Updated: 04/25/2014 9:21 AM
Created: 04/24/2014 11:44 PM KAALtv.com
(ABC 6 News) -- A week and a half ago a police dog zeroed in on a locker at United South Central High School during a routine inspection.
The girl who owned a pocket-knife found inside said she brought it by mistake, but the school says they have a zero tolerance weapons policy.
Thursday night the school board met to decide whether to expel the honor roll student.
Friends and family packed the small classroom at United South Central to show support for 17-year-old Alyssa Drescher.
The family requested the expulsion hearing be an open hearing, and the proceedings felt more like a full-on criminal trial than a school board hearing.
After opening remarks, the school district began by calling witnesses to talk about school policy and how the knife was found.
The school's liaison officer, principal, and the superintendent all testified that Drescher had broken school policy by failing to come forward after she knew the knife was in her locker.
Drescher's lawyer argued that it was an honest mistake, that she forgot the knife was in her purse after using it that weekend for chores on her boyfriend's farm.
Several teachers and coaches testified that Drescher was a model student and both Drescher and her father gave statements saying they felt her suspension was enough.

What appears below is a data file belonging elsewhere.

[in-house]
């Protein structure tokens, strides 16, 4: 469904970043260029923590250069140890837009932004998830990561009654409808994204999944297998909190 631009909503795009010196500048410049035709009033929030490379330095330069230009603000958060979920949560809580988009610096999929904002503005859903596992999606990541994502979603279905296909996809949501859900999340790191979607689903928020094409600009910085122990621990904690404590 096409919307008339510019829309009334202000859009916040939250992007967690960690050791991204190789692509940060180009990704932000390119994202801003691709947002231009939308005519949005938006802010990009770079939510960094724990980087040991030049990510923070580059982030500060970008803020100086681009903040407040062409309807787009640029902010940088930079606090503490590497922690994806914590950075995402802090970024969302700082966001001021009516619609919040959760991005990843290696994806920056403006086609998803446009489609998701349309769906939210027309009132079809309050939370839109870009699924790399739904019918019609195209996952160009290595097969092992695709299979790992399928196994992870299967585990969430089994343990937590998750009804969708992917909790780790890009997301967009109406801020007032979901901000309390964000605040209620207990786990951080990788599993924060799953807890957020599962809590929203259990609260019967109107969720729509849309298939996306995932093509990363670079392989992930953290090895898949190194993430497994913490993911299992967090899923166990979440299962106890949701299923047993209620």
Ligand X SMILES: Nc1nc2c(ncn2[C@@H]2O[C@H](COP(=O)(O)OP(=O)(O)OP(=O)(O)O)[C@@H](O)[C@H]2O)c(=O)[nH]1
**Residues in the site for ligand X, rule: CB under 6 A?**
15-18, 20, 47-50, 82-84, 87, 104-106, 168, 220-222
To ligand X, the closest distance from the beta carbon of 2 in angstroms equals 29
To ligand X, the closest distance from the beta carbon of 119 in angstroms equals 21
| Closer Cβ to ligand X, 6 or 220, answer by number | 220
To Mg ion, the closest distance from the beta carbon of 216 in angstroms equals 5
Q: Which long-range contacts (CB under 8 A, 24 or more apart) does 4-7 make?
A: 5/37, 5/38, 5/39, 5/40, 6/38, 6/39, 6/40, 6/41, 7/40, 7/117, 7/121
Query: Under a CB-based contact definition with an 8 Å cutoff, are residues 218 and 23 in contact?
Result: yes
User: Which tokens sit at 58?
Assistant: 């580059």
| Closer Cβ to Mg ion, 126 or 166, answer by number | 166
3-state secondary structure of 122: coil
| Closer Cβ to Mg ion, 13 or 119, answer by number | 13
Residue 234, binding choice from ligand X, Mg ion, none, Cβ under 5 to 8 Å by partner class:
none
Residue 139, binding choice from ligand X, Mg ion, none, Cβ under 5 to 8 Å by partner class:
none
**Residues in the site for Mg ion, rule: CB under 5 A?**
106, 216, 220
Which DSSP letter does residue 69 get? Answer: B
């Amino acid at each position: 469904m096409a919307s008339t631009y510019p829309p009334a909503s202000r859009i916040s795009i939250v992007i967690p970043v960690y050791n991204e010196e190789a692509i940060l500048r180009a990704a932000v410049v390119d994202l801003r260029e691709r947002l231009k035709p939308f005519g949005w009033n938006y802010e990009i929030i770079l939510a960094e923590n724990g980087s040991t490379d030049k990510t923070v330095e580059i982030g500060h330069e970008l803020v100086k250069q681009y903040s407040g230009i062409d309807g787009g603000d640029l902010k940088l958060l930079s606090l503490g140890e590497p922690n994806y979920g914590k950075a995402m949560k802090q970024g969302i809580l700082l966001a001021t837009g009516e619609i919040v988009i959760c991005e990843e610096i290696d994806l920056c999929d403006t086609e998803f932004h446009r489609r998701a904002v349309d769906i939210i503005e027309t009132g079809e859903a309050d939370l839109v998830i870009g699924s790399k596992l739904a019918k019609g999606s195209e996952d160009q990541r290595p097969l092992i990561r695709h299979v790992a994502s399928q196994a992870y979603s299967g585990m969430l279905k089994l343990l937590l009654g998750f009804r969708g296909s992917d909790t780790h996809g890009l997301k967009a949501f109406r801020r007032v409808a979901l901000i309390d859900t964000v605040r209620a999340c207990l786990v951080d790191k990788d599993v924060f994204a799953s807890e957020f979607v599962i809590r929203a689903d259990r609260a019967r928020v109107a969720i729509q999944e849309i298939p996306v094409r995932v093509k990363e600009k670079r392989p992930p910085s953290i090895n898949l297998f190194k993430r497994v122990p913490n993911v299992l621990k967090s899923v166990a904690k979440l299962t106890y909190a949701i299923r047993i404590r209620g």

After more than two hours of testimony the board went into a closed session for more than an hour before reaching a decision.
In the end the board voted unanimously to expel Drescher for the rest of the school year, but gave no reason behind their decision.
"Clearly they had the discretion to not do that and in other cases the school district did not choose to expel a student for unintentionally bringing a prohibited item to school," Christopher Johnson, Drescher's lawyer said.
Outside the classroom Drescher and friends were in tears, and her father said he was too emotional to speak with us.
However; their lawyer said the family would continue fighting to get Drescher back in classroom before the end of the year.
"We believe that the punishment does not fit the alleged crime and we will be pursuing legal options against the school district to protect Alyssa's rights," Johnson said.
The school is still obligated to provide education for Drescher, so in theory she will be no further behind other students when she returns in the fall.